The leading types of malignant neoplasms are squamous cell and small cell carcinoma. Smoking becomes the main cause of lung cancer in 90% of sick men and 55-85% of sick women. About 60% of malignant neoplasms of the larynx are caused by nicotine addiction.

The second place in cancer statistics among smokers is cancer of the digestive and urinary systems. The risks of smoking factors for non-smokers increases by 5 times (cancer of the esophagus and bladder), 3 times (cancer of the pancreas and liver), and 1.5 times (cancer of the stomach and kidneys).

The effect of smoking on the psyche

Nicotine addiction is considered by many to be not as serious as drug and alcohol addiction. The development mechanism is the same. The health consequences are similar. The only difference is that ethanol and prohibited substances destroy a person quickly, and nicotine acts in slow motion. However, it does no less harm. Once hooked on nicotine, a smoker gets two addictions at once – psychological and physical. Initially, a psychological craving is formed (as a kind of situational ceremony).

For example, smoke after eating, while waiting for transport, or when meeting friends. Gradually, ritual smoking breaks turn into a persistent habit formed with the participation of the central nervous system. And this is already an addiction on a physical level when a cigarette becomes needed for a temporary improvement in well-being.

Tobacco leaves and stems contain the main “hook” for smokers – the alkaloid nicotine, which acts on n-cholinergic receptors – acetylcholine nicotinic receptors in the brain. When irritated, these receptors lead to a state of excitation of parts of the parasympathetic nervous system, which are associated with the work of the heart, blood vessels, and gastrointestinal tract.

Nicotine affects the neurotransmitter dopamine, which, along with serotonin, is responsible for feelings of pleasure. During smoking, dopamine transmission changes, causing the brain to experience pleasurable sensations.

Due to the direct effect on the central nervous system, the craving for cigarettes becomes stronger with each puff. After some time, nicotine is integrated into the dopamine system and becomes part of it. Alcohol acts similarly, becoming entrenched in metabolic processes. When addiction is formed, the level of dopamine is regulated by tobacco consumption. To maintain a comfortable concentration of the neurotransmitter, the addict increases the number of cigarettes smoked and reduces the intervals between smoke breaks.

If there is no opportunity to smoke, dopamine levels drop, and the smoker begins to experience withdrawal symptoms. Dry mouth, increased sweating, digestive problems, irritability, insomnia, and emotional swings appear.

Electronic cigarettes are no less dangerous in terms of developing addiction. Most of them contain the same amount of nicotine as regular ones (about 6-7 mg). At the same time, vapes often use not a natural tobacco substance but artificially synthesized nicotine sulfate. Previously, it was used in agriculture as a pesticide to combat plant diseases and harmful insects.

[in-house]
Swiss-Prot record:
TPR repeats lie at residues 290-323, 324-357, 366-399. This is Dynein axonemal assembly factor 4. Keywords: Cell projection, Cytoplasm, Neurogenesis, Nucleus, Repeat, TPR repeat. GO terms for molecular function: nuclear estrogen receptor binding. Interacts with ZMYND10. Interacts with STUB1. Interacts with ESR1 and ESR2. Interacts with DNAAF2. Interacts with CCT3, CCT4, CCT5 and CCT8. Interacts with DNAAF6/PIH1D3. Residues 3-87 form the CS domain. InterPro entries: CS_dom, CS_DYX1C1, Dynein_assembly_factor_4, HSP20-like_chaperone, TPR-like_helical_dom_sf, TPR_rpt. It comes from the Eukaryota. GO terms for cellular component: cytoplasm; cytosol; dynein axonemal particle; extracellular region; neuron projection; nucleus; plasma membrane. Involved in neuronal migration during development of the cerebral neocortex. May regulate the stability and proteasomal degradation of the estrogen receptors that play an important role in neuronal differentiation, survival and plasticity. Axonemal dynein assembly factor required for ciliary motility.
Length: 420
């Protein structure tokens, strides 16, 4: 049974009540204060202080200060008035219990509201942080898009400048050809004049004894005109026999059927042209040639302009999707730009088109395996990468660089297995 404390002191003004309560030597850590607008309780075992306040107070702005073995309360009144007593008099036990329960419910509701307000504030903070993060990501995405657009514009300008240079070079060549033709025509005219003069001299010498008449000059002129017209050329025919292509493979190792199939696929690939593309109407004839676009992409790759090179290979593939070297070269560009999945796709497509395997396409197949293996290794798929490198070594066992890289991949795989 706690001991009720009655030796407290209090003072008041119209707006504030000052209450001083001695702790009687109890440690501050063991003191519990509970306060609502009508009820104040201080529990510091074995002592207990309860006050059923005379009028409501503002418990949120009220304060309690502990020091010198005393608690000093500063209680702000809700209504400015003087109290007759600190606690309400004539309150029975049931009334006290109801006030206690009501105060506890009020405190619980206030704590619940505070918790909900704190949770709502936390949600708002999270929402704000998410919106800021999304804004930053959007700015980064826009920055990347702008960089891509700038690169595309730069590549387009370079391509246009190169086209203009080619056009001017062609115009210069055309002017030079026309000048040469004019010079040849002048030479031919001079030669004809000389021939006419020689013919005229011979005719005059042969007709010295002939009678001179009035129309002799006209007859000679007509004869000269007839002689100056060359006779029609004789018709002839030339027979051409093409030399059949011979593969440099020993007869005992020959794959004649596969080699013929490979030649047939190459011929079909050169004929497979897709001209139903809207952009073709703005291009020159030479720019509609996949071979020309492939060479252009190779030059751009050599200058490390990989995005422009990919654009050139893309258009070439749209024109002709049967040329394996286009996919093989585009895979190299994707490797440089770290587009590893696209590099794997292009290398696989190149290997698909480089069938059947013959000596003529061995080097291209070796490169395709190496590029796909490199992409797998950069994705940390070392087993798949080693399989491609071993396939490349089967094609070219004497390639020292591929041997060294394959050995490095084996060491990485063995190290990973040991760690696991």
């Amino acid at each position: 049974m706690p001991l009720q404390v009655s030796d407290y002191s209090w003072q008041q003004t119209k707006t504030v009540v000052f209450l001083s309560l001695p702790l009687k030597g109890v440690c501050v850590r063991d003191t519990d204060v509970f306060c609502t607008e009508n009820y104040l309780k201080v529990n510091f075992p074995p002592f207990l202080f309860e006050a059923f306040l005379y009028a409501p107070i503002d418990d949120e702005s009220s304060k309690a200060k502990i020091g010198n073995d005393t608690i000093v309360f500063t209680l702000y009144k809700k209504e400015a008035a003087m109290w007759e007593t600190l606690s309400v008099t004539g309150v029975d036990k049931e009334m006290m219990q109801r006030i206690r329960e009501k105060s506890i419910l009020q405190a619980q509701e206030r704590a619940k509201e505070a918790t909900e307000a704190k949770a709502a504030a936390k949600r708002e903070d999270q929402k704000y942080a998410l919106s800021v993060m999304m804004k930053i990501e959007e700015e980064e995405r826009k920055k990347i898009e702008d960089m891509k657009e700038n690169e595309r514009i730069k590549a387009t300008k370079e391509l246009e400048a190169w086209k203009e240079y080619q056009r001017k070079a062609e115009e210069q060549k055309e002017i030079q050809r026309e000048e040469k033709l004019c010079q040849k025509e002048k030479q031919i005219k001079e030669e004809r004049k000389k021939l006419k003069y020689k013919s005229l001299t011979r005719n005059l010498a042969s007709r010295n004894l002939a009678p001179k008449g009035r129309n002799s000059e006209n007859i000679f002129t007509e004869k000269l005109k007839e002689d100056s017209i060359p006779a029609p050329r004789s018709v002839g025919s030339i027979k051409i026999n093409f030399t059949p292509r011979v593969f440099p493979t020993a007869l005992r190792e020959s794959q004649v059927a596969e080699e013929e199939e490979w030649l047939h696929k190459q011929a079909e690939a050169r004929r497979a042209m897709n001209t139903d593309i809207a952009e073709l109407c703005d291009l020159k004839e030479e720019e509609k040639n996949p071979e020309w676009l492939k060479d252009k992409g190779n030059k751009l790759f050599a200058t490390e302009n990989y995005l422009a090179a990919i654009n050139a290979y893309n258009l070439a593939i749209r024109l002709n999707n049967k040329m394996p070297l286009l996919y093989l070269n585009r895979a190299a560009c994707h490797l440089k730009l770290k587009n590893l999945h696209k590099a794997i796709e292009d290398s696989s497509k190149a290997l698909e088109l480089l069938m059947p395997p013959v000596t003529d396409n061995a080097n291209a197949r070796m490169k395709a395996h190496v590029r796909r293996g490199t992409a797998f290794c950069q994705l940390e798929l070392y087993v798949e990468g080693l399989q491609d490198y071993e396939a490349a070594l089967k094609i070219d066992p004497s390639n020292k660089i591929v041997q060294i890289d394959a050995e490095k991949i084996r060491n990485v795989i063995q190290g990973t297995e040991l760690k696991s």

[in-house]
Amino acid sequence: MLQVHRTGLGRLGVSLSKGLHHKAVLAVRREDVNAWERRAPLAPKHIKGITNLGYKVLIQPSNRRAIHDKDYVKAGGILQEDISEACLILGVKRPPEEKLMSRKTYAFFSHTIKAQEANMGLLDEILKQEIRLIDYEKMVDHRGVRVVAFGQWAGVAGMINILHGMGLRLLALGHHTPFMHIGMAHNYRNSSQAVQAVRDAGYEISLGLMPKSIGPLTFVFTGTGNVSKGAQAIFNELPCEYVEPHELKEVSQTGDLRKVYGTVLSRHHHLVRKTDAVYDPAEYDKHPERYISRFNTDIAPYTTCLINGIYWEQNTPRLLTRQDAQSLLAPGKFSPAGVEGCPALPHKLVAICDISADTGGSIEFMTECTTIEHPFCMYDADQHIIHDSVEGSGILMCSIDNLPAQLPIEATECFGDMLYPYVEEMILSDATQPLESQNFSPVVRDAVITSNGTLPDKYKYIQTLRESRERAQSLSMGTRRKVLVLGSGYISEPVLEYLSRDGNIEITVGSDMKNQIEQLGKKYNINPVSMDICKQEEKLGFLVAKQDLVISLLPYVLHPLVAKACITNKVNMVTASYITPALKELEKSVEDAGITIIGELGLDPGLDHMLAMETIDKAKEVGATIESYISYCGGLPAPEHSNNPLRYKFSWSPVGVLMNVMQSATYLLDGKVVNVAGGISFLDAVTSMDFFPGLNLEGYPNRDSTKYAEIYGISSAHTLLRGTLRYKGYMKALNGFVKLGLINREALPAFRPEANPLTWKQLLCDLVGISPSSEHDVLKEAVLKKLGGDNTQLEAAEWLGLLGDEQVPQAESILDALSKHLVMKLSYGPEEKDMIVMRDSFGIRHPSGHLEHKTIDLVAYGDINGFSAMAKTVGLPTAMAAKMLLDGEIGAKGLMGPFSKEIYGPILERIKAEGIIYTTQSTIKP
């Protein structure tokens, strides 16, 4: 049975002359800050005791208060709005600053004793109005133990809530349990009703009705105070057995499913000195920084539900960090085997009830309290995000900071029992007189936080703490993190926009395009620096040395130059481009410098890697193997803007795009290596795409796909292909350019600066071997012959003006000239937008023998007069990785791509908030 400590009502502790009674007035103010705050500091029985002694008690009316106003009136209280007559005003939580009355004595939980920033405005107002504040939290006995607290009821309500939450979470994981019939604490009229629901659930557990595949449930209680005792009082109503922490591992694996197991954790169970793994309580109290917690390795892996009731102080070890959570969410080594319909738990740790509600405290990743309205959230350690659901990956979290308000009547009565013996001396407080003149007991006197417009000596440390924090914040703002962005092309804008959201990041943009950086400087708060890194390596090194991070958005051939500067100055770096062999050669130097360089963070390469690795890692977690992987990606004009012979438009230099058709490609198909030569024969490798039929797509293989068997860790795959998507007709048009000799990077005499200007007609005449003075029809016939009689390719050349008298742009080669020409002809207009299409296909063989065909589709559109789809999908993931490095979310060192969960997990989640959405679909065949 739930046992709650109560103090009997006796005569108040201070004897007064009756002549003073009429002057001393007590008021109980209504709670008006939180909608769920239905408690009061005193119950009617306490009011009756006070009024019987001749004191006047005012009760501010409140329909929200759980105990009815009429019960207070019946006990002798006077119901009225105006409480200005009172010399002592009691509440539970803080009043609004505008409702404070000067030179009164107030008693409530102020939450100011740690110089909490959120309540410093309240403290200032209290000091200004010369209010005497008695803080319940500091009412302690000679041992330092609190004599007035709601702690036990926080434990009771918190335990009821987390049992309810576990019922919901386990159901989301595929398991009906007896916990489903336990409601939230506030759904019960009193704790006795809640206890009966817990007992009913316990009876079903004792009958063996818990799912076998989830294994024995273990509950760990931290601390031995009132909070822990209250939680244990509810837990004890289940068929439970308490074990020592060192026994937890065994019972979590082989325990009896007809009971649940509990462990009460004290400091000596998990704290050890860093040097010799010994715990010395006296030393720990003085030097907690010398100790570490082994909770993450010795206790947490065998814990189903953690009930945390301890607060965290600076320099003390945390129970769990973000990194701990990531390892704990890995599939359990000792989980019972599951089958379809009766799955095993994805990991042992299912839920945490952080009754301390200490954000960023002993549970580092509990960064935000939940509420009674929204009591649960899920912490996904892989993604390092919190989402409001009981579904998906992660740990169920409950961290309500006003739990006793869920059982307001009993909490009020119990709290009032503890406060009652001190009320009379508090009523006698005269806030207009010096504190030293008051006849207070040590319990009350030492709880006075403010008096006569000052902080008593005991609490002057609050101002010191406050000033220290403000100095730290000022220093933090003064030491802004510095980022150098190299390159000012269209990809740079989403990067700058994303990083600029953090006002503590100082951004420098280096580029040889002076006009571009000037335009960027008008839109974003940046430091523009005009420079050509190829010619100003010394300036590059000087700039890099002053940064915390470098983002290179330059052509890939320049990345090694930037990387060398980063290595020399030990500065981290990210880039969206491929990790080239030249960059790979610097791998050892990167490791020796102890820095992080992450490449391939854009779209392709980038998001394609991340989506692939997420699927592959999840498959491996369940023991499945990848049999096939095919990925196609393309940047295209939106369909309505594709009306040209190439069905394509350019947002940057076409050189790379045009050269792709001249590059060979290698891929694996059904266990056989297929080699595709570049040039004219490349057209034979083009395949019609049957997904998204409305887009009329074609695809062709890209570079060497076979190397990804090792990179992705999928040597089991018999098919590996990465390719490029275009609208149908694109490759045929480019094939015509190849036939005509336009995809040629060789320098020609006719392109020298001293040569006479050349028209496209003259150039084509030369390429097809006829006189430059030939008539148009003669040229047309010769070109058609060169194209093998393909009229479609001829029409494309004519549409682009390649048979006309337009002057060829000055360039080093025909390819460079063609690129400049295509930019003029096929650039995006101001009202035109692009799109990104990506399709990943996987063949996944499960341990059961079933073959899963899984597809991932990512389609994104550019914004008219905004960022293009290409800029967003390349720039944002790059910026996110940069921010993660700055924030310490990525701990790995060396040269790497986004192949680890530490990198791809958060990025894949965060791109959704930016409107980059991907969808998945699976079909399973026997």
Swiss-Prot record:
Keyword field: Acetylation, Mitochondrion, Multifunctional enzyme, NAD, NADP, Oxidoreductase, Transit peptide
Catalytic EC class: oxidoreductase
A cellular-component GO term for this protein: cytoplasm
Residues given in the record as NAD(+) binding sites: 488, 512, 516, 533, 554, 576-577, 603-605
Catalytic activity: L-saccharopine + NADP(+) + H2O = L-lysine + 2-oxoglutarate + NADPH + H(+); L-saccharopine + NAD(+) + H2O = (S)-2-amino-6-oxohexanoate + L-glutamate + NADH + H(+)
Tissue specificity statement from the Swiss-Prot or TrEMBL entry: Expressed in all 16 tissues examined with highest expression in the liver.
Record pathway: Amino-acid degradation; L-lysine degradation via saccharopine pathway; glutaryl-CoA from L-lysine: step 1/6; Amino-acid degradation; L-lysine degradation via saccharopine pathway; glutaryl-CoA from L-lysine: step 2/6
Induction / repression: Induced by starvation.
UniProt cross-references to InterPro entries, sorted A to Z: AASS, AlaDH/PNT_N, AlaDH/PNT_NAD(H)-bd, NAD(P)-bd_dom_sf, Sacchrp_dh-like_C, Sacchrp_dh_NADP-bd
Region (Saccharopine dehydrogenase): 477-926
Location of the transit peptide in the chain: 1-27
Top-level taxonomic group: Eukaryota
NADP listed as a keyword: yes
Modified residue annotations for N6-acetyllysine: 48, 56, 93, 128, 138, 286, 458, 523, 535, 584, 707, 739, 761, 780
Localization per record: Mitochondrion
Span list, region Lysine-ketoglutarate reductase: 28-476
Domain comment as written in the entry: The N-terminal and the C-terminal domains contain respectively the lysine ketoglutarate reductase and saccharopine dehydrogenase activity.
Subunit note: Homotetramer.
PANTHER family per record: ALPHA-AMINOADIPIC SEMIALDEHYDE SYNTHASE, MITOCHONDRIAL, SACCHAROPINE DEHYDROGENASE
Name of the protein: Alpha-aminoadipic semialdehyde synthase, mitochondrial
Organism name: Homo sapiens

How to quit smoking?

The TOP 6 traditional smoking cessation tips include:

  1. Finding motivation. You need to find a reason so that the bonuses outweigh the need for nicotine. Some psychologists recommend undergoing a medical examination. Any person obsessed with smoking will show signs of premature aging and disturbances in the functioning of the heart, blood vessels, and bronchopulmonary system. If health improvement and appearance transformation are not motivating, a desired purchase or trip with saved money can be an incentive.
  2. Uniting like-minded people. It is very difficult to quit smoking alone. Breaking a bad habit will be much easier if you encourage dependent relatives and friends. You can arrange a competition and create a prize (possibly cash).
  3. Cleansing space. After you decide to quit, you need to remove all smoking-related items from your home: throw away ashtrays, cigarette holders, and lighters. Washing all clothes and treating upholstered furniture and carpets saturated with smoke is also advisable.
  4. Medicinal assistance. You should not ignore modern medications against nicotine addiction. They work on the principle of nicotine replacement therapy – they help to survive withdrawal symptoms without discomfort. You can use any convenient pharmacological form – patches, sprays, lozenges, Nicorette chewing gum, etc. Traditional healers advise taking decoctions of medicinal herbs that suppress the desire to smoke (valerian, hops, skullcap, lemon balm).
  5. Switching interests. Medicines help overcome physical dependence. To overcome psychological cravings, experts advise replacing smoking breaks with reading, watching the news, physical exercise, and drawing. Of course, this is difficult, and it’s not for nothing that parting with cigarettes is called a “struggle.” It will take a lot of effort.
  6. Substitution. To ease psychological stress and not “break down” if you want to smoke, you can suck on caramels, sweets, bite nuts, and eat fruit. Roughly speaking, the brain calms down if the mouth is busy during a cigarette break.

Most heavy smokers rarely succeed in quitting the first time. It is important not to despair or give up but to repeat attempts until you defeat the dangerous habit completely.